Messages
17,698
Location
Funkytown, USA
If the guys who wrote Evil Dead: The Musical are hired to write it, I'm in. I'll play the big, bald guy Indy fights at the plane - we'll square up to each other, then do a song and dance number along the lines of "let's call the whole thing off", then I'll accidentally be killed when the plane swoops right into the kickline...

I'd buy a ticket for that.
 

Seb Lucas

I'll Lock Up
Messages
7,573
Location
Australia
If the guys who wrote Evil Dead: The Musical are hired to write it, I'm in. I'll play the big, bald guy Indy fights at the plane - we'll square up to each other, then do a song and dance number along the lines of "let's call the whole thing off", then I'll accidentally be killed when the plane swoops right into the kickline...



I wouldn't rule it out from going ahead at this point. For years I believed that Crystal Skull was just a way of keeping the brand selling, but no, it happened. Personally, I like it - not a much as Raiders or Crusade, maybe on a par with Temple, but there was a lot I liked in it. I very much enjoyed seeing Ford play Indy as an older man, with physical limitations - not something you see often in Hollywood, despite the aging nature of the actual performers coughtomcruisebigoffendercough.

I'd be very surprised indeed if Disney didn't intend to do something with it.



I don't know, WW2 is still a big seller in pop culture. These things come in waves anyhow - WW2, vampires, zombies... round and round....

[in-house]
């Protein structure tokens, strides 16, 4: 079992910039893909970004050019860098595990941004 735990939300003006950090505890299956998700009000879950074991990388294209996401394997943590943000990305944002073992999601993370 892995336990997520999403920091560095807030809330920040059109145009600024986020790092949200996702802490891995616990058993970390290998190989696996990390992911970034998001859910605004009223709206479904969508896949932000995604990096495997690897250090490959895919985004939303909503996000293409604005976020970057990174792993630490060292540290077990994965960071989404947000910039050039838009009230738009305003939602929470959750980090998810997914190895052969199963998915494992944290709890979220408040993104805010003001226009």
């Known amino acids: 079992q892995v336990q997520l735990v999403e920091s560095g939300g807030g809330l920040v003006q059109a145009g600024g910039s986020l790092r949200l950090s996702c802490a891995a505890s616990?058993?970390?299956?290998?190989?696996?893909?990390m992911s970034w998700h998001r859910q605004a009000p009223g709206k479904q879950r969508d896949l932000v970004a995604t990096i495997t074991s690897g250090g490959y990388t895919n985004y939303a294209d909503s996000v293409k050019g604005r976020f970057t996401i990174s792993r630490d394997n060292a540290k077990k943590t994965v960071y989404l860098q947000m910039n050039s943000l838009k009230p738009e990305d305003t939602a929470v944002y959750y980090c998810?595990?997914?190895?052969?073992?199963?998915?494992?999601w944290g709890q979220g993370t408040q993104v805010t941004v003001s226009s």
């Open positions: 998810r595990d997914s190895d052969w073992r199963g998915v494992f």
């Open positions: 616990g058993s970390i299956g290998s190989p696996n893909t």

AS I've said many times, I don't believe Disney would buy a brand like that intended just to let it slide. I still believe that if Solo hadn't turned out to be so awful and so badly received that the two contracted sequels were cancelled, there's a fair chance we'd have seen then hawk that guy as Indy too. Ford is even harder to replace in the Jones context. That said, if they were to redo Indy for a new generation, it'll be a different audience. They don't have to work around George Lucas' idea of canon, afaik (as distinct from the widely reported clause that stops them changing anything Lucas did in the Star Wars universe). Personally, I still believe they'll compromise, and have Ford appear as Really Old Indy and tell the story in flashbacks if they can find a credible young Indy stand-in. Someone who can do as good a Ford as Karl Urban did Deforrest Kelley, or Chris Pine a Kirk. (Some folks had issues with the plot of the Star Trek redux, but it is undeniable that the cast did a very credible job of realising those characters.) I am fast leaning to the view that this will be more likely to be evolved into a TV show these days, and I agree that would be a more interesting format for Jones V2.0. Sadly, it'll probably be on Disneyflix, which I'm not prepared to sign up to, so hopefully they will also put it out on disc at some point once their streaming market peaks....

Yep. TV Indy is the only way I can see this working. Who knows what Disney was thinking? Maybe it was wait until Harrison is dead then reboot with some former boy band lead and set it in the present day like Tomb Raider? Maybe they just bought it to build rides. Maybe they were speculating on it and now they regret it...